A national Randstad Canada survey, Women in Leadership, of 500 female managers and executives reveals that while female leaders feel progress has been made, there remains much to be done. Their perceptions of obstacles – including outdated stereotypes about female managers, lack of mentoring and lack of workplace accommodation for family – are reinforced by other research.
We have come a long way – in 1980, women earned 60.2% of men’s wages and accounted for 35% of the workforce. Now, women earn 81% of men’s wages and women make up 46.4 % of the US labour force. When all factors are held constant – education, years of experience and so on, women still earn less than men. A report released recently by Ryerson University’s Diversity Institute called DiversityLeads also shows that women are significantly under-represented in the senior most positions in virtually every sector. Similar to the perceptions noted in Randstad Canada’s survery, it also confirms that notions of leadership are highly gendered and stereotypes persist. Women are less likely to promote themselves and their achievements. When they are successful, they are more likely to credit the team or circumstance and when they fail, they are more likely to blame themselves. Ironically, when women exhibit characteristics which are associated with leadership – confidence, self-reliance, dominance, self-promotion – they may face a backlash and criticism. They are held to a higher standard of “likeability” than men.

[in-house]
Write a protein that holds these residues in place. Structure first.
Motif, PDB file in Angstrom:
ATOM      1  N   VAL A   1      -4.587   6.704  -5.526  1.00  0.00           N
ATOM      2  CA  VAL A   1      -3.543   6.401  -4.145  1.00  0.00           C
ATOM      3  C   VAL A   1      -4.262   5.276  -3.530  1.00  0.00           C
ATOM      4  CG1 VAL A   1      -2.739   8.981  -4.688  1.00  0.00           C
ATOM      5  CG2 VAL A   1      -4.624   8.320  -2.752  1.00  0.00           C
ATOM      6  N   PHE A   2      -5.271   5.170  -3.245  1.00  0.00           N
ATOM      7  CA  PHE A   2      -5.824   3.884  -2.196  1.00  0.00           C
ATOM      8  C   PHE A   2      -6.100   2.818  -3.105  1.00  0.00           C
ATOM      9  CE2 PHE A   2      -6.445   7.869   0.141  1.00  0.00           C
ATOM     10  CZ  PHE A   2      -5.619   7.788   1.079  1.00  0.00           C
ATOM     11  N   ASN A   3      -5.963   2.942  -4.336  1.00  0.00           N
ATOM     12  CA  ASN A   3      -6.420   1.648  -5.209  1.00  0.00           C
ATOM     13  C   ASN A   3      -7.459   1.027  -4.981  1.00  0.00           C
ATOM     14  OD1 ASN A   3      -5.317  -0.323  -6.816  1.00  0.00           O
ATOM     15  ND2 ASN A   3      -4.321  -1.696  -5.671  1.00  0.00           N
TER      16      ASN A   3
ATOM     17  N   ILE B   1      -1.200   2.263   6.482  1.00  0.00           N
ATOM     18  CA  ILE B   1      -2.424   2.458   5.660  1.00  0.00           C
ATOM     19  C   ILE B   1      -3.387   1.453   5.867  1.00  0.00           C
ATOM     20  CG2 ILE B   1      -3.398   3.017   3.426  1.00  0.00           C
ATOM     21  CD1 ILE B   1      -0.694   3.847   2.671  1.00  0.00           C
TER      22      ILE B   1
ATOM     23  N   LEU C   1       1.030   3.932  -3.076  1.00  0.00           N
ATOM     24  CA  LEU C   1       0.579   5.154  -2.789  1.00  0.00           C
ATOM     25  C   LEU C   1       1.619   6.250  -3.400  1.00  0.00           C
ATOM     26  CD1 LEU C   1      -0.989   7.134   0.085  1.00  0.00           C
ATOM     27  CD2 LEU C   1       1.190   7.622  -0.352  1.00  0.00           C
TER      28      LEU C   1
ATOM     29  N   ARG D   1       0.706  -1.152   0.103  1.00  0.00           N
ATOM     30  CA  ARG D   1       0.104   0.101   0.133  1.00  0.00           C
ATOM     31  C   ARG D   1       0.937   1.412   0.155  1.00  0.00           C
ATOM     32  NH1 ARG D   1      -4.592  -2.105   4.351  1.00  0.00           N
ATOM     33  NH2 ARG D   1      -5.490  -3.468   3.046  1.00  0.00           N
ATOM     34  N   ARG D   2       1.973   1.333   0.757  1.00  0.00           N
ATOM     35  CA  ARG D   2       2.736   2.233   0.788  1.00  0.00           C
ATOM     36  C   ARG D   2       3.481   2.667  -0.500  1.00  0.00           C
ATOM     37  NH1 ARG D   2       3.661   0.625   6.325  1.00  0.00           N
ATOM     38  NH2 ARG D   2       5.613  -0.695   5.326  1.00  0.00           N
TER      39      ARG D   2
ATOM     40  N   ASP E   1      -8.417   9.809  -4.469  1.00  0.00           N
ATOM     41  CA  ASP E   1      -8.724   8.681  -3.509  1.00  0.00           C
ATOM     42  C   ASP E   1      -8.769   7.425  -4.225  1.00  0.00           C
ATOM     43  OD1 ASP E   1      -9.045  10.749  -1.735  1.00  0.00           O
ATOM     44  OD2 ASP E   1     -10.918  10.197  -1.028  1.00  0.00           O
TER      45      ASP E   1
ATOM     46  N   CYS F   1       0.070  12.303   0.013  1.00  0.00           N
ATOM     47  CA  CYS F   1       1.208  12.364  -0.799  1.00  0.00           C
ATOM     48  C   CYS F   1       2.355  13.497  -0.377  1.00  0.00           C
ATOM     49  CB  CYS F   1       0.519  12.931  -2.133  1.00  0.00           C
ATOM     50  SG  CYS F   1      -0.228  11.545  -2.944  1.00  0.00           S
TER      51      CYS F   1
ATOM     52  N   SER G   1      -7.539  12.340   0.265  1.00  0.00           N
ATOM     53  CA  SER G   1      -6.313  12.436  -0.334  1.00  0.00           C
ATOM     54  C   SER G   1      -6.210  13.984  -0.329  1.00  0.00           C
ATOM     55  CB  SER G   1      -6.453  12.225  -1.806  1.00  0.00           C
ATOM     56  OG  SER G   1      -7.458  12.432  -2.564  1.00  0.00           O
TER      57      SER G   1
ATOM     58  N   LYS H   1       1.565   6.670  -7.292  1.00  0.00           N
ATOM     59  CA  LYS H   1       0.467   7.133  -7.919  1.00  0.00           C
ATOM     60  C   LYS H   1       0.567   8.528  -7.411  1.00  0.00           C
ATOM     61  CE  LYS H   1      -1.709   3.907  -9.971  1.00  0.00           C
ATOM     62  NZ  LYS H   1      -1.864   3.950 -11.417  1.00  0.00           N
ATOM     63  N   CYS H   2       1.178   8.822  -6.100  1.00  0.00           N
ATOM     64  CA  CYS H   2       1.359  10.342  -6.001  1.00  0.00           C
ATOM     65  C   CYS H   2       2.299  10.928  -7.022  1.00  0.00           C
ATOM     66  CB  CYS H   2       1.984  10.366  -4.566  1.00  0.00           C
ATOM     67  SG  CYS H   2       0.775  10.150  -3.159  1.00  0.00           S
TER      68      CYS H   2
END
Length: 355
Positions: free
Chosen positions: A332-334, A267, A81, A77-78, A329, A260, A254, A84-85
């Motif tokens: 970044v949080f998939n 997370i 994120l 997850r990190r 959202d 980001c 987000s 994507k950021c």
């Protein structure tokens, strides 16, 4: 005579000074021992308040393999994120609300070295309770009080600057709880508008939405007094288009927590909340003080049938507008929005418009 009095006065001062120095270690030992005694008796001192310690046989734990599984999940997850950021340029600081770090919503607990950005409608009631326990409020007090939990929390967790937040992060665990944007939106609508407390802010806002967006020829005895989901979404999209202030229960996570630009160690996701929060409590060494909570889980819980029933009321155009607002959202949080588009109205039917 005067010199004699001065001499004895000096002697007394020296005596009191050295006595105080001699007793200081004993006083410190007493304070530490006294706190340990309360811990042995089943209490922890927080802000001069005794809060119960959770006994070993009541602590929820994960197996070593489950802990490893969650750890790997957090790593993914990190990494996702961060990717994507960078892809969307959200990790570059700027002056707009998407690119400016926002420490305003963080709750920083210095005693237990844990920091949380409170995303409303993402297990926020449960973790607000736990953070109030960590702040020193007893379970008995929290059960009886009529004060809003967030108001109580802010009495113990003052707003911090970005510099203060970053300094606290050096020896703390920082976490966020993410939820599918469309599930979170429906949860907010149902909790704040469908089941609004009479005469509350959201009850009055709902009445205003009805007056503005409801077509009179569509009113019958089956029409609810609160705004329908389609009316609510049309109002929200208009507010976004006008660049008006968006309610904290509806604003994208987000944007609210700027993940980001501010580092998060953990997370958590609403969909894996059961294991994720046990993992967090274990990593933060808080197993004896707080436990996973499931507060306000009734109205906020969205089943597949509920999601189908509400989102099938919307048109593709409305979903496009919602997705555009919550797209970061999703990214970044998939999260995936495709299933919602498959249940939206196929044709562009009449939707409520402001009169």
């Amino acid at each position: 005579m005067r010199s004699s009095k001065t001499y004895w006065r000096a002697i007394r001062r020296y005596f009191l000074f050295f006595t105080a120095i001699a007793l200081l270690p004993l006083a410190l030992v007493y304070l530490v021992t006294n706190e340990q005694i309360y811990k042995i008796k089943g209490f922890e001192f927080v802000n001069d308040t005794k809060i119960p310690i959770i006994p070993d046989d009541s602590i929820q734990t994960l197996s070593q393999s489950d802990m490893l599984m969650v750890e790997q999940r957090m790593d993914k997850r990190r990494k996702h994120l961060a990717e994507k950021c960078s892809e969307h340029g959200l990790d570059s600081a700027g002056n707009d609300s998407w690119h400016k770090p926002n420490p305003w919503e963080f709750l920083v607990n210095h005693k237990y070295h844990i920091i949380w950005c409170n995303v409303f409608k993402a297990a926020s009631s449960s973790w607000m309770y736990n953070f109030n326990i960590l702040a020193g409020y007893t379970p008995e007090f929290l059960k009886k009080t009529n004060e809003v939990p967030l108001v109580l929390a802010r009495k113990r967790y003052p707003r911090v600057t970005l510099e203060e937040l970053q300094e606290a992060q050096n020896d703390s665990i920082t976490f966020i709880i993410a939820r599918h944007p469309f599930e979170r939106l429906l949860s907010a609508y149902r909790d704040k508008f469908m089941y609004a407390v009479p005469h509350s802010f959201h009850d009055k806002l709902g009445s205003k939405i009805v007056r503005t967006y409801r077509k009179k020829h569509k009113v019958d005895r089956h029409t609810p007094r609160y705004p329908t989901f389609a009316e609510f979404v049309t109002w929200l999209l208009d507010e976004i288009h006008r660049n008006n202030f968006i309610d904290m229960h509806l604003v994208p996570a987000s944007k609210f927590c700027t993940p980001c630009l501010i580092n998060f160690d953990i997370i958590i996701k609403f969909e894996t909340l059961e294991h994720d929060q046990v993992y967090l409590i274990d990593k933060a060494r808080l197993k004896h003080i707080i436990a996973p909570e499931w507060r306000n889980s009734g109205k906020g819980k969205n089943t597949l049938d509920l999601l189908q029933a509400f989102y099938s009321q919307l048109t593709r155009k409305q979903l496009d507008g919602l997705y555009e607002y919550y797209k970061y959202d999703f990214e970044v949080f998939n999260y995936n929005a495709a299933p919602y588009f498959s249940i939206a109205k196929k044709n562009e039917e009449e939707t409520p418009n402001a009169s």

In spite of these challenges, however, we see women rising to the top in greater numbers than ever before. The Diversity Institute’s profiles of successful women reveal strategies that can help advance other women. Some of the tips include:
- Focus on results. There is no substitute for performance.
- Take a hard cold and objective look at your strengths and weaknesses. Capitalize on the strengths, address the gaps.
- Develop and nurture networks. Be sure you are known and have access to the “unspoken rules”
- Find a mentor, be a mentor. Both are great ways to learn.
- “Display your excellence.” Many women do not promote their accomplishments. You cannot assume because you work hard that people know what you do.
- Make demands and learn to negotiate. Lots of research indicates that men are more likely to ask for what they think they deserve.
- Be an ally not a bystander. The challenges experienced by women are shared by others – visible minorities, aboriginal people, people with disabilities and different sexual orientations – standup for others and they will stand up for you.
- Take risks but judge how far to “push the envelope” and pick your battles.
By Wendy Cukier, Vice President Research and Innovation, Ryerson University and Founder, Ryerson's Diversity Institute